Tina explained, “Ten longs can make a flat, so you can push them together to make a flat, or you can take them away and put a flat instead. That’s one hundred. Then the one long that’s left makes one hundred ten. Then add on the two ones, and that’s one hundred twelve.” I did as Tina instructed, carefully counting and pushing together ten of the longs on the projector.

I laid a flat on top of them to show that they were equivalent amounts and then removed the ten longs, leaving the flat in their place. There were a few looks of surprise along with a few comments, such as “There can either be eleven tens or one hundred and one ten!” I wasn’t surprised by these comments. Many students leave second grade able to identify the ones, tens, and hundreds places but not understanding the meaning of the digits in those places. I wrote on the board, adding this idea to what I had already recorded:

11 tens and 2 ones is 112.

1 hundred and 1 ten and 2 ones is 112.

Tanya said, “You could make one hundred twelve with one hundred and twelve ones cubes!”

I added to what I had recorded on the board, this time shifting to using an equals sign instead of the word is.

11 tens and 2 ones is 112.

1 hundred and 1 ten and 2 ones is 112.

112 ones = 112

I wrote 72 on the overhead and said, “You and a partner will be exploring different ways to show seventy-two using the tens and ones blocks. But first I’ll show you how to record your ideas on paper.” I placed seven longs and two ones cubes on the overhead projector. I pointed to the blocks and asked, “How much are these blocks worth?”

“Seventy-two,” they chorused.

On the board, I modeled for the children how to record this way of representing seventy-two.

A student's visual representation of the number seventy-two made out of cubes.

“You and your partner are to build seventy-two with other combinations of the tens and ones blocks, the way we built one hundred in different ways. Record each way you find as I did for the example I showed.”

I continued, “You’ll work with your partner, but each of you will record on your own piece of paper. You’ll have to share blocks with the other people at your table because there may not be enough for everyone to have his or her own. Write Seventy-Two as the title, and copy onto your paper the way we made seventy-two together. Record your ideas using a picture and with numbers.”

The exploration was accessible to all of the students but was more difficult for Karena. I gave her individual help while the others worked. I started by giving Karena smaller numbers to think about. We explored different ways to make twenty, then twenty-three, and finally thirty- four. By the time we finished working on thirty-four, she wanted to work on seventy-two without my help.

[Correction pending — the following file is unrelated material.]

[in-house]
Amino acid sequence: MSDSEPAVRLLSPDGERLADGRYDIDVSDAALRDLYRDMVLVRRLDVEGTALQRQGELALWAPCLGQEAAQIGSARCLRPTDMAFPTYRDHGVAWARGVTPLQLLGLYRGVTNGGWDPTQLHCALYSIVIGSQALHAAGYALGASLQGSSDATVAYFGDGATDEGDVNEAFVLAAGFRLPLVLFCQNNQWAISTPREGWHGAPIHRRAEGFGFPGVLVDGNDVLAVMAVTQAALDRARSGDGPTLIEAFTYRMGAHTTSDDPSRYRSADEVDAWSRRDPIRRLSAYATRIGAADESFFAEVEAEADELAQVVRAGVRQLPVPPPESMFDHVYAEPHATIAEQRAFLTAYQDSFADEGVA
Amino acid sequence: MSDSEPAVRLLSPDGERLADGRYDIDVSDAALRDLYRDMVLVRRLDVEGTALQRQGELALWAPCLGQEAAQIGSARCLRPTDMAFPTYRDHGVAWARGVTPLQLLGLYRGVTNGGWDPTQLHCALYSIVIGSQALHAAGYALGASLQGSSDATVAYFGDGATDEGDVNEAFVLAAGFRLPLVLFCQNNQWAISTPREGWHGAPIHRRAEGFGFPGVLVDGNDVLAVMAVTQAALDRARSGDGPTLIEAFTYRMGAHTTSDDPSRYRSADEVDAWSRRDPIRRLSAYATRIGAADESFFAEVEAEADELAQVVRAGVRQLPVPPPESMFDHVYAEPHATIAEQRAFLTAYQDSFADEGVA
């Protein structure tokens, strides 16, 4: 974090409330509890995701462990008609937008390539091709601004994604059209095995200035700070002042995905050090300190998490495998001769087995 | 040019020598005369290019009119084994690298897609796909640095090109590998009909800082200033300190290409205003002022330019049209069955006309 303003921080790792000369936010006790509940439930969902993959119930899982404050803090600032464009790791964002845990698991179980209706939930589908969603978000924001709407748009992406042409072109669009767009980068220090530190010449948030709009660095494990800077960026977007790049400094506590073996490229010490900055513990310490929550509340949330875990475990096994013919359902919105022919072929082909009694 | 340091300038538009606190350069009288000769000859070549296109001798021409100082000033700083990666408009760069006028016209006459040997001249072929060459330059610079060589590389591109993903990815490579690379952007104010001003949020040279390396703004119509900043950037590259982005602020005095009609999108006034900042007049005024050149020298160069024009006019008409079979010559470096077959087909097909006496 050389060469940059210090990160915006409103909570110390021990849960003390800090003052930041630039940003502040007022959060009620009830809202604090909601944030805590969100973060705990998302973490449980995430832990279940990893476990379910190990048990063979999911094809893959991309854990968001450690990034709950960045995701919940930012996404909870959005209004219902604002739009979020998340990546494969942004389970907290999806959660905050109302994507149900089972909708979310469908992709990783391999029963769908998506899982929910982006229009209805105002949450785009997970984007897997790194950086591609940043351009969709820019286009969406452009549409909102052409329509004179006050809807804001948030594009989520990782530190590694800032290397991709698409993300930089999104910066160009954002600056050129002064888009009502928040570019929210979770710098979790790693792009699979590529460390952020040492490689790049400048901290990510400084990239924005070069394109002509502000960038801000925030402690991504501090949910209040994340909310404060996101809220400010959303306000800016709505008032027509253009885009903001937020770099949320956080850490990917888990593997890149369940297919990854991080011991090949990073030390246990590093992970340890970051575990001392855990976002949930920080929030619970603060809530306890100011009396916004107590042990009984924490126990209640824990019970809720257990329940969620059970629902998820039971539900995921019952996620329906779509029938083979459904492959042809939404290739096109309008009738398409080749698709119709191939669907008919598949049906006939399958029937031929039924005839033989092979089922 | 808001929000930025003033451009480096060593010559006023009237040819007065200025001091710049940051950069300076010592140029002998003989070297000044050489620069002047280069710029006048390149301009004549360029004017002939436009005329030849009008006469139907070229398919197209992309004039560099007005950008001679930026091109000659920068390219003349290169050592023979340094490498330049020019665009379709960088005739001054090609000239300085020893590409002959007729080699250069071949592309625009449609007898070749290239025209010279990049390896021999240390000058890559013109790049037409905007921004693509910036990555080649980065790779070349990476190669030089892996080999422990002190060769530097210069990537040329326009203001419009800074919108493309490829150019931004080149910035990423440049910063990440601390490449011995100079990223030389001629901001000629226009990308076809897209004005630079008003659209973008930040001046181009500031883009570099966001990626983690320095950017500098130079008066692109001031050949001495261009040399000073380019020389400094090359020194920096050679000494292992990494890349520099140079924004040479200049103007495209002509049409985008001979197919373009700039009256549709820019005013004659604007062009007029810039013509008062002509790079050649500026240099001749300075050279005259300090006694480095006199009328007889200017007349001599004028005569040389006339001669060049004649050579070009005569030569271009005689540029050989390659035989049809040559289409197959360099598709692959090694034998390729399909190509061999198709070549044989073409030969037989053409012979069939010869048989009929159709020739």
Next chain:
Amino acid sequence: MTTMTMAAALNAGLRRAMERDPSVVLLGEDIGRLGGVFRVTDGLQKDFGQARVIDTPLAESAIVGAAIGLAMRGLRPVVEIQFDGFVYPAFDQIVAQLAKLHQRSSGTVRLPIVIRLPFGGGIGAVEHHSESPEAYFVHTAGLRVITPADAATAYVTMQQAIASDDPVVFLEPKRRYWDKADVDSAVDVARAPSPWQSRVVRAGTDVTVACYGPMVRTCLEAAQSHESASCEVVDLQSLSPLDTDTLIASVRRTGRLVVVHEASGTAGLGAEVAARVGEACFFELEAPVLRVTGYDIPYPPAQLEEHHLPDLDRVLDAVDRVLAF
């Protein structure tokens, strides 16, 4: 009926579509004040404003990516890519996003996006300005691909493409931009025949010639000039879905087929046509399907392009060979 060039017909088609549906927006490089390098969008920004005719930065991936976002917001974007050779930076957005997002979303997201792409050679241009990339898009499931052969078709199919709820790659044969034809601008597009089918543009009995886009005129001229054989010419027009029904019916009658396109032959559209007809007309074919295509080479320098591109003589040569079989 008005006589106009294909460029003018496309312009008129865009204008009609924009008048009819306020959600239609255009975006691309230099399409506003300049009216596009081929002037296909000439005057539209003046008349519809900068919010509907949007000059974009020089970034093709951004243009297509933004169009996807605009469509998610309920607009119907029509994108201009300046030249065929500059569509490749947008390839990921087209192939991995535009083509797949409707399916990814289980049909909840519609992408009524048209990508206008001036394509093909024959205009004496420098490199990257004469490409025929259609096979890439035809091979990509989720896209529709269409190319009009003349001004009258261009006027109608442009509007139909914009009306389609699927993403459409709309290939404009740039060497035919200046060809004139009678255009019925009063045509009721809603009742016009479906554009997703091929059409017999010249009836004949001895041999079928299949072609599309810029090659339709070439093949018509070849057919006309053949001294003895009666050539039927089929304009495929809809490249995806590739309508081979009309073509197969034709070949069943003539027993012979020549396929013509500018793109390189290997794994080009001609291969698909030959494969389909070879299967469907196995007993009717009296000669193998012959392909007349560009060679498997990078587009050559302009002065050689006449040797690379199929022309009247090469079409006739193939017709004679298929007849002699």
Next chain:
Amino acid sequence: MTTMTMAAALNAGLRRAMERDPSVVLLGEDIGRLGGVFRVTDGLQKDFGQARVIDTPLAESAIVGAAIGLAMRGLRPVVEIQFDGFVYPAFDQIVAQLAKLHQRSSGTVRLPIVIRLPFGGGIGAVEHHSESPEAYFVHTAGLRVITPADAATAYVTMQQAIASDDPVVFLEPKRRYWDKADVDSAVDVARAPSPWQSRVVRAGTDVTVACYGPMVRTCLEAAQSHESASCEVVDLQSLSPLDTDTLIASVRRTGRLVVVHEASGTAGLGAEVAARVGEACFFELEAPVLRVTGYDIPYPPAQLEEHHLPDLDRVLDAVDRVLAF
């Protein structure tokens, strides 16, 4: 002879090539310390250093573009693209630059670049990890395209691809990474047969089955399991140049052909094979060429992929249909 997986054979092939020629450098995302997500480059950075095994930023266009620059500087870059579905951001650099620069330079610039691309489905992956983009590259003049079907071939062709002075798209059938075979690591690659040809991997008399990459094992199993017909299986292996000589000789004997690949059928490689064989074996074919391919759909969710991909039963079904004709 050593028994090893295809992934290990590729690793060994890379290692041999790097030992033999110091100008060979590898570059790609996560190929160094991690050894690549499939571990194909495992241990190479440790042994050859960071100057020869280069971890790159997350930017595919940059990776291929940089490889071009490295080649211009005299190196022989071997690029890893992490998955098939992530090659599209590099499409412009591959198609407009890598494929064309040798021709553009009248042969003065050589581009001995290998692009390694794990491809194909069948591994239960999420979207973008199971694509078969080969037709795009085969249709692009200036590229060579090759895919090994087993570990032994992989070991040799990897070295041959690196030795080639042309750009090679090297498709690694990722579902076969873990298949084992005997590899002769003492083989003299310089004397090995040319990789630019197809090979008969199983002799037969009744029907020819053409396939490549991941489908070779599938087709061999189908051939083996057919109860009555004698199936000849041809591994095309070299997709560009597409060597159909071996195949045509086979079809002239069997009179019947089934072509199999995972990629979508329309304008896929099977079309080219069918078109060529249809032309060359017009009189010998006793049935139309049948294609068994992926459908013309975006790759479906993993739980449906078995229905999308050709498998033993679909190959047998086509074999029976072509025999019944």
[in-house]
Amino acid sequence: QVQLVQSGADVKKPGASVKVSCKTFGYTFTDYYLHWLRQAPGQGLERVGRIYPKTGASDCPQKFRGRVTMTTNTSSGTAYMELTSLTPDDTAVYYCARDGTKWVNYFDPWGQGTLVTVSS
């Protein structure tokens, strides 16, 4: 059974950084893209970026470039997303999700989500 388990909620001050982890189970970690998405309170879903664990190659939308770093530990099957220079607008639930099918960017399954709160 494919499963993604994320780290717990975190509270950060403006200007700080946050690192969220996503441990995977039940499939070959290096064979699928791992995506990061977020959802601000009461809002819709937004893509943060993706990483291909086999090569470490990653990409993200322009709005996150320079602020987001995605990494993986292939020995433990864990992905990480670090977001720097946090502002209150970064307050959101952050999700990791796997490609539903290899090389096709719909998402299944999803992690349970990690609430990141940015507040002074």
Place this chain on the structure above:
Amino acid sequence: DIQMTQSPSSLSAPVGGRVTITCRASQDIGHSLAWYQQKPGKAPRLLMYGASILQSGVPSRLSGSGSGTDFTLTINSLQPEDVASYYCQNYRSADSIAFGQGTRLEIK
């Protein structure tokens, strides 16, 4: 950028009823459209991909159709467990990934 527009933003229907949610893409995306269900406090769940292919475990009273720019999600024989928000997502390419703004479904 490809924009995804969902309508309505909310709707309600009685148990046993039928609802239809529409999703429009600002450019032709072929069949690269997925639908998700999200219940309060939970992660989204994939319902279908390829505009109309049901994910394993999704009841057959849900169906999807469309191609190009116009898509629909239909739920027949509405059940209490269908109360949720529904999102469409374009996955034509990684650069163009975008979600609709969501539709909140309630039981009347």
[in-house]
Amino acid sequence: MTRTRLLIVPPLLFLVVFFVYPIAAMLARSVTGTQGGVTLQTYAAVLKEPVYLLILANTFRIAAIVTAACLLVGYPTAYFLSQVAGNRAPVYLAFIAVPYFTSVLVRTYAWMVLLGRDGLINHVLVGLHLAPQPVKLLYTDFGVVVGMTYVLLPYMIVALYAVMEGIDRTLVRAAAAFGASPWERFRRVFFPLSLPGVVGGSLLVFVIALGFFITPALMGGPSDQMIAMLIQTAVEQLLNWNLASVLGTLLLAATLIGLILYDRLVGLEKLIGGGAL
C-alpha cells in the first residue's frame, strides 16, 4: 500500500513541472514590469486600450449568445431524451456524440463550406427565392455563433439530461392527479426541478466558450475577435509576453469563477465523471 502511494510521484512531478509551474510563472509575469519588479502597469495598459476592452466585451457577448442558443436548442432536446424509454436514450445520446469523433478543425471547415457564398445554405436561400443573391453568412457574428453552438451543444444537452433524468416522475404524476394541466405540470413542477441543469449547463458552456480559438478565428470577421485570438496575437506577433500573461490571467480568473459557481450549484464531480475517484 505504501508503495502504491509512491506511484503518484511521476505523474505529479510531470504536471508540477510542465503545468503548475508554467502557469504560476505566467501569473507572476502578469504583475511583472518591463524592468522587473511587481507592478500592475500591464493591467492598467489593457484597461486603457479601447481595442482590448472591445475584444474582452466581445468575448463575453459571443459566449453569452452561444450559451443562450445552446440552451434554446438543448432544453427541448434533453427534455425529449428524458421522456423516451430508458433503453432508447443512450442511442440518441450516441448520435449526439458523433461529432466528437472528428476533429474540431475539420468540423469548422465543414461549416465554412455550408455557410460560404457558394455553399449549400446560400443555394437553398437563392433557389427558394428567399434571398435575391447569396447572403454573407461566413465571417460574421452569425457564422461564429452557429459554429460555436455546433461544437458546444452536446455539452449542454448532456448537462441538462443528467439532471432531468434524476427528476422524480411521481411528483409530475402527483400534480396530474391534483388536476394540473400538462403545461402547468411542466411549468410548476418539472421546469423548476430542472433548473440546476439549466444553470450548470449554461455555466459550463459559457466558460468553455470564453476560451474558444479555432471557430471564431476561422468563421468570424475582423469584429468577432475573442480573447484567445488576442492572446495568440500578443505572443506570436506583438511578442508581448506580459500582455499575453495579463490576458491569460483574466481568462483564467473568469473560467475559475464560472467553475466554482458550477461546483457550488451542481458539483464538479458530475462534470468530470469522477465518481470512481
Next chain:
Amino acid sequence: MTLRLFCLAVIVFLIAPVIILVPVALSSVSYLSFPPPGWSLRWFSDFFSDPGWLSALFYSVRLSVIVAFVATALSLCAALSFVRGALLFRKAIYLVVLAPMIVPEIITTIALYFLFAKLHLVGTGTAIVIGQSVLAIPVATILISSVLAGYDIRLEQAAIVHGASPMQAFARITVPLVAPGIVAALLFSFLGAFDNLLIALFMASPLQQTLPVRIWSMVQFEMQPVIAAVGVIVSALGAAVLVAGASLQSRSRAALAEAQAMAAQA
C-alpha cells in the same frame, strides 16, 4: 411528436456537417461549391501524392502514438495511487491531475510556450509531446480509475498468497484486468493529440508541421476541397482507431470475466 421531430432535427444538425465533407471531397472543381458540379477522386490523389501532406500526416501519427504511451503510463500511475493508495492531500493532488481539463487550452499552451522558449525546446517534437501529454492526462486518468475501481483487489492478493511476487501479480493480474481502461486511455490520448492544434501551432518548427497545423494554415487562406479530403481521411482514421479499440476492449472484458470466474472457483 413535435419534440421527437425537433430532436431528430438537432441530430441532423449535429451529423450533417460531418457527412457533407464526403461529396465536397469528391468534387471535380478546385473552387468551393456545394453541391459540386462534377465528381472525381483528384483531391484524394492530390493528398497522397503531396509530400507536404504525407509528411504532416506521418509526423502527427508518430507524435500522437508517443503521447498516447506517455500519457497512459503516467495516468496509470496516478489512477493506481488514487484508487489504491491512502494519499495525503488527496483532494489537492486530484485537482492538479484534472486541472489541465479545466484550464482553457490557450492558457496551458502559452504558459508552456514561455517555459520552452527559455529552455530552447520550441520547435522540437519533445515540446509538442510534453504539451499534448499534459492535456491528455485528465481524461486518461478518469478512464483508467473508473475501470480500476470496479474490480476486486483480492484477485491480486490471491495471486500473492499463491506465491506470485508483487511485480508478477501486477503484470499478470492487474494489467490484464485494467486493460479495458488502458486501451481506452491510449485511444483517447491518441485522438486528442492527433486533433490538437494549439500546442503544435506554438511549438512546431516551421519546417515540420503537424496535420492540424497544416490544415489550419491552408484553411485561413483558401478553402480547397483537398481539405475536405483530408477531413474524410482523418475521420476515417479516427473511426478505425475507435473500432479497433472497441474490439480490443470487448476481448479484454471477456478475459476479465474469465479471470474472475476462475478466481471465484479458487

Arin, another student who often had difficulty, was thrilled with her work. She found three ways to make seventy-two using the base ten blocks. (See Figure 1.)

A student's drawings using different objects to represent the number seventy-two.

Figure 1. Arin showed her growing understanding by making seventy-two in three ways.

As the students finished, I looked over their papers, asked for further clarification when need- ed, and then gave them the challenge of finding as many ways as possible to make 124 using base ten blocks.

Vinay’s work reflected how he systematically explored the possibilities by reducing the number of tens by one and increasing the number of ones by ten. He recognized that when he got to thirty-four ones and nine tens, he could no longer use a hundreds flat. (See Figure 2.)

A student explores different methods and groups to shoe the number one hundred and twenty-four.

Figure 2. Vinay applied the pattern he noticed earlier to the more challenging problem of making 124. He also used expanded notation to represent his words and pictures.

From Online Newsletter Issue Number 19, Fall 2005

Related Publication:
Teaching Arithmetic: Lessons for Extending Place Value, Grade 3
by Maryann Wickett and Marilyn Burns